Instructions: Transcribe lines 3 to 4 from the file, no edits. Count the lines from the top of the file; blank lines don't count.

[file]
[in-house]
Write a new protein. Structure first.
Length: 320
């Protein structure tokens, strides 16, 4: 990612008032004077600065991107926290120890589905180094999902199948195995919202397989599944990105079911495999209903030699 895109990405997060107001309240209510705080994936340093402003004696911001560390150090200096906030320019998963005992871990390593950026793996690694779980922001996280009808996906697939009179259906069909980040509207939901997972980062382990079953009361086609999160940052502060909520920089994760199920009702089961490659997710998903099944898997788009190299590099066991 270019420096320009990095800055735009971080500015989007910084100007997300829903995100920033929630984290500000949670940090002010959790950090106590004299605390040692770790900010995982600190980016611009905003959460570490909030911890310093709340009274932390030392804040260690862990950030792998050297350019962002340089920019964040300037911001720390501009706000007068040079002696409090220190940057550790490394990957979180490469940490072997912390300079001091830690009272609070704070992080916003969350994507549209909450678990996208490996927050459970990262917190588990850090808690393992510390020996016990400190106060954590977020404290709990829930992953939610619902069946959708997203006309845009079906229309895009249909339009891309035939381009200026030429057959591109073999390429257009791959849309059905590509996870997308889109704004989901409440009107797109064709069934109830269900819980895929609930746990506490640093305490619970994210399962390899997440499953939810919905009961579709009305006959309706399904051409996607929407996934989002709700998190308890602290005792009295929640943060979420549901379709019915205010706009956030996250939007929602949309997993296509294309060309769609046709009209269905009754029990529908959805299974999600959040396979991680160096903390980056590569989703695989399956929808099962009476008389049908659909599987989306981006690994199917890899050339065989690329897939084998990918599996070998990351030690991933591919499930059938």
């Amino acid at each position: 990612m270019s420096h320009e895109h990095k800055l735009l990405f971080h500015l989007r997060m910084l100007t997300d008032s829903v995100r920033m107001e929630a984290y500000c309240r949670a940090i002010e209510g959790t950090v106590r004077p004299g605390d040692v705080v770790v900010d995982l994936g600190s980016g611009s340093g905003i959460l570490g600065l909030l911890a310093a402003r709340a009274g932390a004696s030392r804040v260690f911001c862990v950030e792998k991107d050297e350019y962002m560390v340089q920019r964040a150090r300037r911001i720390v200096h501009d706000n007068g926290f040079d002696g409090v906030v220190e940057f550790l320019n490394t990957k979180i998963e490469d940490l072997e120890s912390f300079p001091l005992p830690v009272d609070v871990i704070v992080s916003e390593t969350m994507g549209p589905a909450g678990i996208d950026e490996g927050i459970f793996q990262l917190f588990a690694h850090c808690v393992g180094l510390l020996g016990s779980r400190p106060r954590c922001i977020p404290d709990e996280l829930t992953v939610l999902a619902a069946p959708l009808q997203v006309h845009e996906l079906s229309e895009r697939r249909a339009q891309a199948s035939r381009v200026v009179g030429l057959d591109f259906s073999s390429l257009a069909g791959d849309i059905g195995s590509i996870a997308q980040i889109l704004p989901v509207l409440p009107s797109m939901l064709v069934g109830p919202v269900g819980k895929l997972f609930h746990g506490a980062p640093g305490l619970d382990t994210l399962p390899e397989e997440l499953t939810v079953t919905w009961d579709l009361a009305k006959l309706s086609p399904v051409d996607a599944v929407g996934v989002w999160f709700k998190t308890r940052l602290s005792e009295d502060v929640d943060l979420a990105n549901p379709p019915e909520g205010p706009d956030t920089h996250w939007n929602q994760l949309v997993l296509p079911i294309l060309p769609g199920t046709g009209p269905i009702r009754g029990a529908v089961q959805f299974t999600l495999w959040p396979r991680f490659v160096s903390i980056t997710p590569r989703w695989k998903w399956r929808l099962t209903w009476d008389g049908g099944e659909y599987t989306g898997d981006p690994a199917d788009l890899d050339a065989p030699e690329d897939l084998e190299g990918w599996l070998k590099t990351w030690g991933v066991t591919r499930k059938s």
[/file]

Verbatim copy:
Length: 320
């Protein structure tokens, strides 16, 4: 990612008032004077600065991107926290120890589905180094999902199948195995919202397989599944990105079911495999209903030699 895109990405997060107001309240209510705080994936340093402003004696911001560390150090200096906030320019998963005992871990390593950026793996690694779980922001996280009808996906697939009179259906069909980040509207939901997972980062382990079953009361086609999160940052502060909520920089994760199920009702089961490659997710998903099944898997788009190299590099066991 270019420096320009990095800055735009971080500015989007910084100007997300829903995100920033929630984290500000949670940090002010959790950090106590004299605390040692770790900010995982600190980016611009905003959460570490909030911890310093709340009274932390030392804040260690862990950030792998050297350019962002340089920019964040300037911001720390501009706000007068040079002696409090220190940057550790490394990957979180490469940490072997912390300079001091830690009272609070704070992080916003969350994507549209909450678990996208490996927050459970990262917190588990850090808690393992510390020996016990400190106060954590977020404290709990829930992953939610619902069946959708997203006309845009079906229309895009249909339009891309035939381009200026030429057959591109073999390429257009791959849309059905590509996870997308889109704004989901409440009107797109064709069934109830269900819980895929609930746990506490640093305490619970994210399962390899997440499953939810919905009961579709009305006959309706399904051409996607929407996934989002709700998190308890602290005792009295929640943060979420549901379709019915205010706009956030996250939007929602949309997993296509294309060309769609046709009209269905009754029990529908959805299974999600959040396979991680160096903390980056590569989703695989399956929808099962009476008389049908659909599987989306981006690994199917890899050339065989690329897939084998990918599996070998990351030690991933591919499930059938």